Staff Reporters
Jun 24, 2016

Non marketers think marketing is fluffy...and it's our fault: The Economist at Cannes

Marketers must do more to increase appreciation of the business value of their work.

Economist's Alexandra Suich (left), SC Johnson's Mukherjee, Mastercard's Rajamannar and Marriott's Hirzalla
Economist's Alexandra Suich (left), SC Johnson's Mukherjee, Mastercard's Rajamannar and Marriott's Hirzalla

CANNES - The Economist's third panel session at the Cannes Lions festival featured Ann Mukherjee, CMO, SC Johnson, Osama Hirzalla, vice-president brand marketing and ecommerce Europe Marriott International and Raja Rajamannar, CMO, MasterCard.

The panel, which took place on 22 June, was moderated by Alexandra Suich, technology editor at The Economist, today’s session offered some candid views and hard business truths from Ann Mukherjee, CMO, SC Johnson, Osama Hirzalla, vice-president brand marketing & ecommerce Europe Marriott International and Raja Rajamannar, CMO, MasterCard.

Marketing’s measurable contribution to the bottom line was a recurring theme today, with the panel agreeing that marketing KPIs are paramount as ‘leading indicators to the business’ own KPIs’. Unfortunately the bigger challenge is the respect, or lack thereof, that the marketing department typically enjoys from within the business.

Watch a two-minute video clip of the panel here.

“The biggest gap I see today is people outside marketing genuinely think marketing is fluffy and not driving business,” said Rajamannar. “The true value of marketing is unappreciated by the rest of the business—this is our own doing. We isolate ourselves in our ivory towers.”

Emphasising this sentiment, Mukherjee argued that as an industry we are in the business of monetising human behaviour, and as such we have to be curious about human beings.

“It's all about the consumer. We live in a world today where we have got to figure out how to connect what we do from media. From data to media to in store, connecting your marketing, sales, organisations: you have to be a holistic connector as a marketer,” said Mukherjee. “Consumers want to be dazzled. They've seen it all, so if we're not creating unpredictable marketing we're not winning.”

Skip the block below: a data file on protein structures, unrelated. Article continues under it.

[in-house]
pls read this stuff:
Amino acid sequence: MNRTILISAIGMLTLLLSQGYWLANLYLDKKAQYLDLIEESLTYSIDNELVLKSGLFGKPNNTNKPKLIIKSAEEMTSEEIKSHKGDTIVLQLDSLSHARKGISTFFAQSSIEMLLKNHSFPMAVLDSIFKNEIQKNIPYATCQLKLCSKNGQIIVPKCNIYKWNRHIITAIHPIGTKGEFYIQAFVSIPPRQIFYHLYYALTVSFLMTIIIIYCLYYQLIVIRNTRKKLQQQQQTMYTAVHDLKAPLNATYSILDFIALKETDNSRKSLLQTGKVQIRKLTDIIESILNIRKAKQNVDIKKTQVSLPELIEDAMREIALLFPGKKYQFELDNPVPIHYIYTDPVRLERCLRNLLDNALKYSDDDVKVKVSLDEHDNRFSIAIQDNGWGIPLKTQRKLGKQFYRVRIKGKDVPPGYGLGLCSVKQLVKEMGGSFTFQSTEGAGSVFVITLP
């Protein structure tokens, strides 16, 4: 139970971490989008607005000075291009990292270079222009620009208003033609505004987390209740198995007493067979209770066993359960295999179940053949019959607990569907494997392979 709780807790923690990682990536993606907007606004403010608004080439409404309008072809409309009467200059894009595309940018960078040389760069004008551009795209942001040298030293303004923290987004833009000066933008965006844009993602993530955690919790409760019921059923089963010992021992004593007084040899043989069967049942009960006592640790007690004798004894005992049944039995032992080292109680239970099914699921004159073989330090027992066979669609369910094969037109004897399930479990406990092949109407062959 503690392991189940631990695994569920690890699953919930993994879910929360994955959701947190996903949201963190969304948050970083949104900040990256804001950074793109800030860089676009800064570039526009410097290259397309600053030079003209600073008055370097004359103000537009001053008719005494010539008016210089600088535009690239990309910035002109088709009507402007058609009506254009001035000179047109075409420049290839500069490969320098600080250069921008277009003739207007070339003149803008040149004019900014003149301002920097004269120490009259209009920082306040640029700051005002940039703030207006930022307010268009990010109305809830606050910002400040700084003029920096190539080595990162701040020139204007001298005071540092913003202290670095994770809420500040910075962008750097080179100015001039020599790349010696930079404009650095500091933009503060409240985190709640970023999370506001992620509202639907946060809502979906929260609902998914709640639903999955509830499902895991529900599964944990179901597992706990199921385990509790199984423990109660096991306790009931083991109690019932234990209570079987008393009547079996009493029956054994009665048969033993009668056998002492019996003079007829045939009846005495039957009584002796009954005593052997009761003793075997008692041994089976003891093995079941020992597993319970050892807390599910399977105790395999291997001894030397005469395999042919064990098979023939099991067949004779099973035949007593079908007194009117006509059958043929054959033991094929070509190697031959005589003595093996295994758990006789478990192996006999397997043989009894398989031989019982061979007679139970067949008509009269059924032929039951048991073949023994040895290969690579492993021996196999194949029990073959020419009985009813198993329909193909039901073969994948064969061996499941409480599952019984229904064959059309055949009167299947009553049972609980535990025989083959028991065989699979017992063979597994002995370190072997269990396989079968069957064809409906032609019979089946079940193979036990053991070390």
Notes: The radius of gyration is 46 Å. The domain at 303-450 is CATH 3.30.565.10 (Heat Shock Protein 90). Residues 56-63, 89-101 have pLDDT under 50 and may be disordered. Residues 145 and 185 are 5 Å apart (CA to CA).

Hirzalla also believes that it is up to marketers to challenge their clients on the most effective route to achieving great creative and authentic consumer conversations rather than relying solely on data output. “We want to connect with what customers want to engage with, not what we think and want,” said Hirzalla.

However when it comes to the all important consumer conversation, Mukherjee argued that we can’t ditch the ‘art in favour of the formulaic science.

“We can’t simply take on board the data without reminding ourselves of the inspiration of why we are here,” said Mukherjee. “Data is latest magic pixie dust. Going back to fundamentals works every time.”

While brand and business building are often seen as separate activities, this is not the case at MasterCard where brand building strengthens how the company’s payment technology is used. Reinforcing the emerging trend from this year’s Cannes Festival that many brands are doing it in-house, Rajamannar spoke about an innovative real time marketing engine that has been developed internally to predict micro-trends, enabling MasterCard to develop a commercial offer from concept to execution within 12 hours.

In similar vein, Marriott has also moved away from a campaign to campaign marketing strategy to an always on platform, much of which is created in house, based on the knowledge that with more and more people using their mobile devices there is no specific right time to target different audiences.
“It's not our world. We need to evolve, innovate, and be relevant in the spaces and ways they want to be,” said Hirzalla. “This approach has realised a 10 to 12 per cent increase in sales to date and given Marriott the courage to establish similar campaigns in other markets.”

“The courage to innovate, and often go it alone, is to be applauded as well another industry wake up call. Mukherjee’s final call to action today is a stark reminder to all of us that ultimately we are in the business of monetising human behaviour,” said Paul Rossi, President, The Economist Group media businesses. “To get humans to buy into our brands we need to be curious and empathetic whilst also orchestrating the support and respect of the wider business.”

Key insights:

  • Marketers need to gain back respect from the business
  • Data is the new pixie dust
  • Brands continue to innovate in-house

Content for this article was provided by The Economist

More Cannes 2016 coverage


Related Articles

Just Published

9 hours ago

Restaurant chain unleashes vengeful kaiju upon London

How UK eatery Wagamama and agency Uncommon created a pissed-off, rubbery...vegan?

17 hours ago

Mindshare makes leadership changes in Malaysia

The agency group promotes Sheila Shanmugam to CEO and Chan Wan Lih to MD, replacing Animesh Kumar.

19 hours ago

Indonesia’s top 100: Affordable and accessible home ...

Korean brands stay on top while Nestle, Coke and Nutella take a hit.

19 hours ago

Indonesia’s top local brands: Inclusivity and ...

Indofood and Gojek remain tops, but Wardah, Telkomsel, Tokopedia and Eiger take largest leaps as truly Indonesian brands.